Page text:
Studies in neonatal populations have shown a reduction of Candida related mortality by 80–90% and occurrence of IC by 80% after fluconazole prophylaxis. Even nystatin prophylaxis decreases mortality by 50–60% [121,122]. Healy et al. reported elimination of Candida related mortality after using fluconazole prophylaxis in <1000 g neonates in NICUs [123,124,125]. The efficacy of fluconazole prophylaxis in extremely preterm infants is shown to be 95%, 85% and 88% in <750 g, 1000 g and <28 weeks, respectively [122]. It is clear that fluconazole prophylaxis is beneficial within two days of birth in preterm infants <1000 g or <28 weeks until central/peripheral access is not required [122].
8.
Treatment: Appropriate early management of IC is required to reduce hospital or ICU stay, thereby decreasing the eventual cost of hospitalization and management, and finally reducing mortality due to candidemia. It is generally believed that the early institution of antifungal therapy (fluconazole/echinocandins) within 12–72 h of positive culture prevents mortality (1.5–2 times patients survive) in adults in ICU [110,111,126]. On the contrary, few studies did not find any role of early antifungal therapy in decreasing mortality [127]. It had been shown that high mortality still occurs even when the antifungal is initiated in a timely manner [112]. Lopez-Corter et al. observed no higher mortality in a multi-center study when empiric or target therapy included fluconazole in place of echinocandins, supporting the use of fluconazole safely in developing countries [128]. They even denied the preference of echinocandins in severely ill patients. The antifungal susceptibility data of the developing countries can guide the use of fluconazole as effective antifungals in susceptible isolates. Additionally, amphotericin B deoxycholate can be used as a cost-effective alternative especially in neonates.
9.
Availability of antifungal drugs: A big barrier is faced by low-income and middle-income countries to access antifungal agents, and the drug cost [117]. In many developing countries, medicine regulatory authorities are compromised by insufficient resources and human capacity. Drug companies should consider low pricing for developing countries, which may be ensured by providing incentives to pharmaceutical manufacturers for producing generic versions of the drugs. Currently, amphotericin B is not available in 42 developing countries and lacks license in 22 countries. In the process, around 6.6% of the global population do not have access to amphotericin B [129].
Efforts should be made to include these drugs to the WHO core Essential Medicines List (EML) and register them in low-income and middle-income countries. Of the antifungals used for managing candidemia, amphotericin B and fluconazole are on the WHO EML. The available data shows a listing of amphotericin B on the EML in 11 countries only [129]. Although fluconazole was listed as an Essential Drug by the WHO as early as 1999, it is still not included in country essential medicine list in many developing countries like Colombia, Gabon, Poland, Serbia, Lebanon, Indonesia, Malaysia, Bhutan and Surinam [129].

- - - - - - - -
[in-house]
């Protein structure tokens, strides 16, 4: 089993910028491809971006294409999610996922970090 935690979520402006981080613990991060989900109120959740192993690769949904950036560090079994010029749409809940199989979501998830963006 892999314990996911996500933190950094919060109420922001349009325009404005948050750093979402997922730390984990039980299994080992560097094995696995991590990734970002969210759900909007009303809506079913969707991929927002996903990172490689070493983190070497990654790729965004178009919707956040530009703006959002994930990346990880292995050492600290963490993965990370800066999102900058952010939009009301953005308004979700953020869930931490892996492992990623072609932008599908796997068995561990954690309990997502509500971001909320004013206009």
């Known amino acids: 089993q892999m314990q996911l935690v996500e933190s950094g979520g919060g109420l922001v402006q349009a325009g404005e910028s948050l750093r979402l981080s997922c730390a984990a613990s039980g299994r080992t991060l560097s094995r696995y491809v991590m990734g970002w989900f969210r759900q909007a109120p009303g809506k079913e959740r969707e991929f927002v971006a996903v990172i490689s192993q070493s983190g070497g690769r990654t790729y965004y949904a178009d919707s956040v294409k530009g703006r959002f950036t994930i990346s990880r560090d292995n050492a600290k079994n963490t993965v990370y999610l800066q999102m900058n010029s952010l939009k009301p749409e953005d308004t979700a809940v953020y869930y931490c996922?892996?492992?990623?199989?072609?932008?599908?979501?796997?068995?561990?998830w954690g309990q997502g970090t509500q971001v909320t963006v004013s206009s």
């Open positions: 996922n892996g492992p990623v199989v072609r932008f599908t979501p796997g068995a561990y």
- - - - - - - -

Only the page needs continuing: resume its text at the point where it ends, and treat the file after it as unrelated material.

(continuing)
10.
Antifungal stewardship: The rational use of antifungal agents in health care institutions must be followed for monitoring and guiding the appropriate antifungal use including dosing, duration of therapy, and route of administration [130]. The aim of this program is to achieve the best outcome without unnecessary adverse reactions and emergence of drug resistance [54]. Apisarnthanarak et al. from Thailand have shown the success of a program comprising of education, antifungal hepatic and/or renal dose adjustment chart, specific prescription forms for antifungal drugs and prescription-control approach [130,131]. They noticed a 59% reduction in antifungal prescriptions, a significant decrease in inappropriate antifungal use (71% to 24%), continuous overall reduction in antifungal use and significantly lower fluconazole use. For the success of the program, an efficient teamwork and adequate hygiene and standard precautions are necessary which must be monitored regularly by infection control nurses. However, the programs in developing countries generally depend on individual efforts of infectious disease physicians rather than teamwork [132].
One way of managing the misuse or overuse of antifungals in developing countries is by making prior approval from an infectious disease physician mandatory before use. De-escalation should be planned after microbiology reports. Transition from parenteral to oral therapy can further lower the hospital stay and cost. The pharmacoepidemiologic data should be monitored in developing countries for evaluating the prescribing trends and identifying areas for improvement and correlate with emerging drug resistance. A periodic survey of epidemiological data should be performed in neonatal areas as well, including speciation and antifungal susceptibility testing of Candida isolates [34].